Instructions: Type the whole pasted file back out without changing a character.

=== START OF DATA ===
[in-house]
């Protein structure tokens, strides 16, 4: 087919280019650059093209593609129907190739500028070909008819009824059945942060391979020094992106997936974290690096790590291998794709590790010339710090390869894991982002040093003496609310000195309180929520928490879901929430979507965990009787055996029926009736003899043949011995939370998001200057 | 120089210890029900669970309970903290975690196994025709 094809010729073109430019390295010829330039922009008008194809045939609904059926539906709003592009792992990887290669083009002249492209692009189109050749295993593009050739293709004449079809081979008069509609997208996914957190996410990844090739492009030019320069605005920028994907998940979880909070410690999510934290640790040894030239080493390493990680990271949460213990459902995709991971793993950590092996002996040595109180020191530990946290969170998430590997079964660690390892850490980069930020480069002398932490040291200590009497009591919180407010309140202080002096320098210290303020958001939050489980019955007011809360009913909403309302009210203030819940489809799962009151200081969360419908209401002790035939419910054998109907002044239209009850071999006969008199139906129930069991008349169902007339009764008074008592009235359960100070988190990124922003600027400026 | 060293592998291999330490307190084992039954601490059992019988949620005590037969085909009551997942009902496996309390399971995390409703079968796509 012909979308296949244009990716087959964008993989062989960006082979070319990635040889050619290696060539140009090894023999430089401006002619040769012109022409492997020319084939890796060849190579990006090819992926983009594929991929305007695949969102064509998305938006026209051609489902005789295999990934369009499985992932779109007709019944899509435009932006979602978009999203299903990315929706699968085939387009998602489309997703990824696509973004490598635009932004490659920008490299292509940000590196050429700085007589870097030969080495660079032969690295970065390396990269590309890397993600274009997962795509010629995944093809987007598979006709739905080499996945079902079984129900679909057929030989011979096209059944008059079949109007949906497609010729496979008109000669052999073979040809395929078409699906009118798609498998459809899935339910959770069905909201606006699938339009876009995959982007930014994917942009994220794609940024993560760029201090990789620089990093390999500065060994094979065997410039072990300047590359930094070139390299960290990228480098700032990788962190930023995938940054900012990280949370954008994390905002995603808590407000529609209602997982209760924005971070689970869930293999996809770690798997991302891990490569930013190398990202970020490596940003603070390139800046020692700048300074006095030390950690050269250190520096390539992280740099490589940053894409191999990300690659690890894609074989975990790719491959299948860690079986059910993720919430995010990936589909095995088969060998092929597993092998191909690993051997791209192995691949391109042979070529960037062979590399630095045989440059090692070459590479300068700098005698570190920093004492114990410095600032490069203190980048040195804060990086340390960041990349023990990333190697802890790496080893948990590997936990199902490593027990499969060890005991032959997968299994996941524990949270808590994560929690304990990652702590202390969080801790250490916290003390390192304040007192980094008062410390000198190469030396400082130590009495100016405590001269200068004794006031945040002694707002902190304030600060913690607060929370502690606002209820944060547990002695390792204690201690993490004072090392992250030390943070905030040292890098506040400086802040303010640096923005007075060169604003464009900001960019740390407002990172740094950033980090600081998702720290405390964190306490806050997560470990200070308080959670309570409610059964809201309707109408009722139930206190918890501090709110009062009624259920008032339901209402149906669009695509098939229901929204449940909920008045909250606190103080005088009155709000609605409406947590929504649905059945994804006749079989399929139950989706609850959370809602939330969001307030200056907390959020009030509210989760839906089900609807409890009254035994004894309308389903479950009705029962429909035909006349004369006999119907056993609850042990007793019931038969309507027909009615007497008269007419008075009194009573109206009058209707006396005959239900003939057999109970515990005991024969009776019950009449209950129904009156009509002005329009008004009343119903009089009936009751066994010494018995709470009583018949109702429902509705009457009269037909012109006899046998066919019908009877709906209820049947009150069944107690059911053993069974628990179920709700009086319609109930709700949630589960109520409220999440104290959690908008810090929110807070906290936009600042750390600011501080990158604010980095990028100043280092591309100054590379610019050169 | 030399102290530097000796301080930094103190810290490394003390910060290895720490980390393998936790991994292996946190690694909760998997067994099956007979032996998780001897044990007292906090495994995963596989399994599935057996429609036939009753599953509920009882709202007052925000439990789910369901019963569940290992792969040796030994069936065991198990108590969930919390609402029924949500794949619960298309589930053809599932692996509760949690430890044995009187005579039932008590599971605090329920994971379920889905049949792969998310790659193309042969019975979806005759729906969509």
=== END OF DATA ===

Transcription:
[in-house]
């Protein structure tokens, strides 16, 4: 087919280019650059093209593609129907190739500028070909008819009824059945942060391979020094992106997936974290690096790590291998794709590790010339710090390869894991982002040093003496609310000195309180929520928490879901929430979507965990009787055996029926009736003899043949011995939370998001200057 | 120089210890029900669970309970903290975690196994025709 094809010729073109430019390295010829330039922009008008194809045939609904059926539906709003592009792992990887290669083009002249492209692009189109050749295993593009050739293709004449079809081979008069509609997208996914957190996410990844090739492009030019320069605005920028994907998940979880909070410690999510934290640790040894030239080493390493990680990271949460213990459902995709991971793993950590092996002996040595109180020191530990946290969170998430590997079964660690390892850490980069930020480069002398932490040291200590009497009591919180407010309140202080002096320098210290303020958001939050489980019955007011809360009913909403309302009210203030819940489809799962009151200081969360419908209401002790035939419910054998109907002044239209009850071999006969008199139906129930069991008349169902007339009764008074008592009235359960100070988190990124922003600027400026 | 060293592998291999330490307190084992039954601490059992019988949620005590037969085909009551997942009902496996309390399971995390409703079968796509 012909979308296949244009990716087959964008993989062989960006082979070319990635040889050619290696060539140009090894023999430089401006002619040769012109022409492997020319084939890796060849190579990006090819992926983009594929991929305007695949969102064509998305938006026209051609489902005789295999990934369009499985992932779109007709019944899509435009932006979602978009999203299903990315929706699968085939387009998602489309997703990824696509973004490598635009932004490659920008490299292509940000590196050429700085007589870097030969080495660079032969690295970065390396990269590309890397993600274009997962795509010629995944093809987007598979006709739905080499996945079902079984129900679909057929030989011979096209059944008059079949109007949906497609010729496979008109000669052999073979040809395929078409699906009118798609498998459809899935339910959770069905909201606006699938339009876009995959982007930014994917942009994220794609940024993560760029201090990789620089990093390999500065060994094979065997410039072990300047590359930094070139390299960290990228480098700032990788962190930023995938940054900012990280949370954008994390905002995603808590407000529609209602997982209760924005971070689970869930293999996809770690798997991302891990490569930013190398990202970020490596940003603070390139800046020692700048300074006095030390950690050269250190520096390539992280740099490589940053894409191999990300690659690890894609074989975990790719491959299948860690079986059910993720919430995010990936589909095995088969060998092929597993092998191909690993051997791209192995691949391109042979070529960037062979590399630095045989440059090692070459590479300068700098005698570190920093004492114990410095600032490069203190980048040195804060990086340390960041990349023990990333190697802890790496080893948990590997936990199902490593027990499969060890005991032959997968299994996941524990949270808590994560929690304990990652702590202390969080801790250490916290003390390192304040007192980094008062410390000198190469030396400082130590009495100016405590001269200068004794006031945040002694707002902190304030600060913690607060929370502690606002209820944060547990002695390792204690201690993490004072090392992250030390943070905030040292890098506040400086802040303010640096923005007075060169604003464009900001960019740390407002990172740094950033980090600081998702720290405390964190306490806050997560470990200070308080959670309570409610059964809201309707109408009722139930206190918890501090709110009062009624259920008032339901209402149906669009695509098939229901929204449940909920008045909250606190103080005088009155709000609605409406947590929504649905059945994804006749079989399929139950989706609850959370809602939330969001307030200056907390959020009030509210989760839906089900609807409890009254035994004894309308389903479950009705029962429909035909006349004369006999119907056993609850042990007793019931038969309507027909009615007497008269007419008075009194009573109206009058209707006396005959239900003939057999109970515990005991024969009776019950009449209950129904009156009509002005329009008004009343119903009089009936009751066994010494018995709470009583018949109702429902509705009457009269037909012109006899046998066919019908009877709906209820049947009150069944107690059911053993069974628990179920709700009086319609109930709700949630589960109520409220999440104290959690908008810090929110807070906290936009600042750390600011501080990158604010980095990028100043280092591309100054590379610019050169 | 030399102290530097000796301080930094103190810290490394003390910060290895720490980390393998936790991994292996946190690694909760998997067994099956007979032996998780001897044990007292906090495994995963596989399994599935057996429609036939009753599953509920009882709202007052925000439990789910369901019963569940290992792969040796030994069936065991198990108590969930919390609402029924949500794949619960298309589930053809599932692996509760949690430890044995009187005579039932008590599971605090329920994971379920889905049949792969998310790659193309042969019975979806005759729906969509």